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A health care worker at Texas Health Presbyterian Hospital has tested positive for Ebola

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posted on Oct, 12 2014 @ 10:51 AM
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a reply to: CardiffGiant
There are people who really do not want to come to the attention of the authorities, and Ebola patients get an awful lot of attention.

For example, what if person with a bunch of warrants out on them happens to get infected? When they first get sick they might just think it's flu and either hide out in a residence somewhere or go to a hotel. Then if they get sicker, they could quite literally die in their room.

Ebola can kill a person in just a few days.

So, it's not as far-fetched as it might first appear. I'd actually expect one of the major concerns for authorities is infected people who are hiding from the law.




posted on Oct, 12 2014 @ 10:51 AM
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CDC throwing the nurse under the bus ...

Second Ebola Case Emerges in Dallas, Officials Fear Major Exposure


Meanwhile, a top federal health official said the health care worker's Ebola diagnosis shows there was a clear breach of safety protocol and all those who treated Thomas Eric Duncan are now considered to be potentially exposed.


In the mean time the nurse says she followed the CDC procedures.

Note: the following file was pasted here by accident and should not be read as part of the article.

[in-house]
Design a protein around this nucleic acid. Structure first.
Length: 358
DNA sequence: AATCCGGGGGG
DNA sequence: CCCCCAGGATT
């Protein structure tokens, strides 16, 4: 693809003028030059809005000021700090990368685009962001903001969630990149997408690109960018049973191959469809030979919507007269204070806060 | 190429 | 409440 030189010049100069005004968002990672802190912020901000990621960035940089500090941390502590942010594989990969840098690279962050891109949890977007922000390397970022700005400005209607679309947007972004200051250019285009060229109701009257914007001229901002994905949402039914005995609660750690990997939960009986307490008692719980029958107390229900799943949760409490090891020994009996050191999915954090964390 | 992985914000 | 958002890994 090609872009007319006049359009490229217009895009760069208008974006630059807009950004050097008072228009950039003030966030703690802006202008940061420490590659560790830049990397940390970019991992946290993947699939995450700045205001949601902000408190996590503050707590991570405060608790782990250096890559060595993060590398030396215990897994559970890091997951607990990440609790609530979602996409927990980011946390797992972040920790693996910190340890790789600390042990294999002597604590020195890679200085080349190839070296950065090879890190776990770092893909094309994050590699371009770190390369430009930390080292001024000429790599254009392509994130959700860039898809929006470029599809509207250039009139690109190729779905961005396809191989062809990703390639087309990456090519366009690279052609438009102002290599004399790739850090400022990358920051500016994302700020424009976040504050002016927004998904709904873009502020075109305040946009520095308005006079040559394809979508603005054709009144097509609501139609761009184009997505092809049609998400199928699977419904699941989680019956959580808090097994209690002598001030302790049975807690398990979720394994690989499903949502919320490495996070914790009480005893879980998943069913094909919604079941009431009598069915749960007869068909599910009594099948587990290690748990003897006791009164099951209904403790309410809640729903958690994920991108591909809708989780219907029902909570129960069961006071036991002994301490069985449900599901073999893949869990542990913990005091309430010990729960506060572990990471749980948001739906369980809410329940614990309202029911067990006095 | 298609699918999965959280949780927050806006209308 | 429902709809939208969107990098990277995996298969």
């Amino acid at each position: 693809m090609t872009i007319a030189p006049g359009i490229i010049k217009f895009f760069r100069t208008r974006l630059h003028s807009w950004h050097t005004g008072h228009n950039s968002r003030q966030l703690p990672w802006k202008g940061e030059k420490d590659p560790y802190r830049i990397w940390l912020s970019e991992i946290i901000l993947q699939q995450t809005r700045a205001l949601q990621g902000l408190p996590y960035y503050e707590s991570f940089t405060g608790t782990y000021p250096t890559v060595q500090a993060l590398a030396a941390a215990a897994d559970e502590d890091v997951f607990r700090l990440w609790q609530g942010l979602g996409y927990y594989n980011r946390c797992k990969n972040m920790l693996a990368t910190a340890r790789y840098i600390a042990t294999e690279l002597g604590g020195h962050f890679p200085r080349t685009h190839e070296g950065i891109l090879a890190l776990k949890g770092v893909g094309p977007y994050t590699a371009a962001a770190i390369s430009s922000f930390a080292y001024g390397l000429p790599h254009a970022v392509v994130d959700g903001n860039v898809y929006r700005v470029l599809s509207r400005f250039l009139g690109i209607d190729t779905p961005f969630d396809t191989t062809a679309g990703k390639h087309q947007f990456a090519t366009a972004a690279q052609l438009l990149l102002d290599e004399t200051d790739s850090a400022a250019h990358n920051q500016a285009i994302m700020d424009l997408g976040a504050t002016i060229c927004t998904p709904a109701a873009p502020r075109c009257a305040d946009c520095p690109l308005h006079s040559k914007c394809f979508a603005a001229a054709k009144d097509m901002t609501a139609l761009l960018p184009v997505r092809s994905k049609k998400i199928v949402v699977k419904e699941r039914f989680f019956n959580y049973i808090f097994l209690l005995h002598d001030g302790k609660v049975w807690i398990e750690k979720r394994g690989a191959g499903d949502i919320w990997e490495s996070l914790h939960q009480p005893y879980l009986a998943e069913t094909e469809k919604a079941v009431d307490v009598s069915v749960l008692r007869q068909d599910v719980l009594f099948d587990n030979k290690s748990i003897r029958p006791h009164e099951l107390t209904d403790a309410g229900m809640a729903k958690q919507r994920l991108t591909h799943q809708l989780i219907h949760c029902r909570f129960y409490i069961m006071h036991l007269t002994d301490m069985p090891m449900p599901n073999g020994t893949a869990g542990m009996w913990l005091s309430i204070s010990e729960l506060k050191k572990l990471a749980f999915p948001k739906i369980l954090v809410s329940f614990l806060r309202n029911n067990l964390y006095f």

The CDC has not stated exactly what the nurse supposedly did to break protocols.



posted on Oct, 12 2014 @ 10:53 AM
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a reply to: FlyersFan

and not just her, but the whole team?


all those who treated Thomas Eric Duncan are now considered to be potentially exposed.


So the whole team failed to follow protocol?

surely that cannot be accurate..
edit on am1054318122014-10-12T10:54:15-05:00102014p by Agit8dChop because: (no reason given)



posted on Oct, 12 2014 @ 10:54 AM
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originally posted by: Agit8dChop
a reply to: FlyersFan

and not just her, but the whole team?


all those who treated Thomas Eric Duncan are now considered to be potentially exposed.


So the whole team failed to follow protocol?

surely that cannot be accurate..


The claim was the nurse failed to follow protocol and in doing so exposed the rest of the team.